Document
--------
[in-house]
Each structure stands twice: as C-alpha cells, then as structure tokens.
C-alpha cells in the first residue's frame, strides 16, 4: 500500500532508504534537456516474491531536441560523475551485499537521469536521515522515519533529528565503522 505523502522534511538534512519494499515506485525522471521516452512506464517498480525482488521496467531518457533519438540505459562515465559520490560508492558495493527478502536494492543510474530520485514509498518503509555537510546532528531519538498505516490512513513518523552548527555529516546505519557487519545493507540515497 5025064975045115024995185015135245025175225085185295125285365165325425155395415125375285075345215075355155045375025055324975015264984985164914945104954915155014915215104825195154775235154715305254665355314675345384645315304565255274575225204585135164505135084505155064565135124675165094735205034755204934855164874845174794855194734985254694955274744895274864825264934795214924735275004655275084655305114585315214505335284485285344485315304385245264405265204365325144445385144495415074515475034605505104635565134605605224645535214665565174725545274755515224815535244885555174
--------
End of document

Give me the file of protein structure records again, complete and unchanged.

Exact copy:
[in-house]
Each structure stands twice: as C-alpha cells, then as structure tokens.
C-alpha cells in the first residue's frame, strides 16, 4: 500500500532508504534537456516474491531536441560523475551485499537521469536521515522515519533529528565503522 505523502522534511538534512519494499515506485525522471521516452512506464517498480525482488521496467531518457533519438540505459562515465559520490560508492558495493527478502536494492543510474530520485514509498518503509555537510546532528531519538498505516490512513513518523552548527555529516546505519557487519545493507540515497 5025064975045115024995185015135245025175225085185295125285365165325425155395415125375285075345215075355155045375025055324975015264984985164914945104954915155014915215104825195154775235154715305254665355314675345384645315304565255274575225204585135164505135084505155064565135124675165094735205034755204934855164874845174794855194734985254694955274744895274864825264934795214924735275004655275084655305114585315214505335284485285344485315304385245264405265204365325144445385144495415074515475034605505104635565134605605224645535214665565174725545274755515224815535244885555174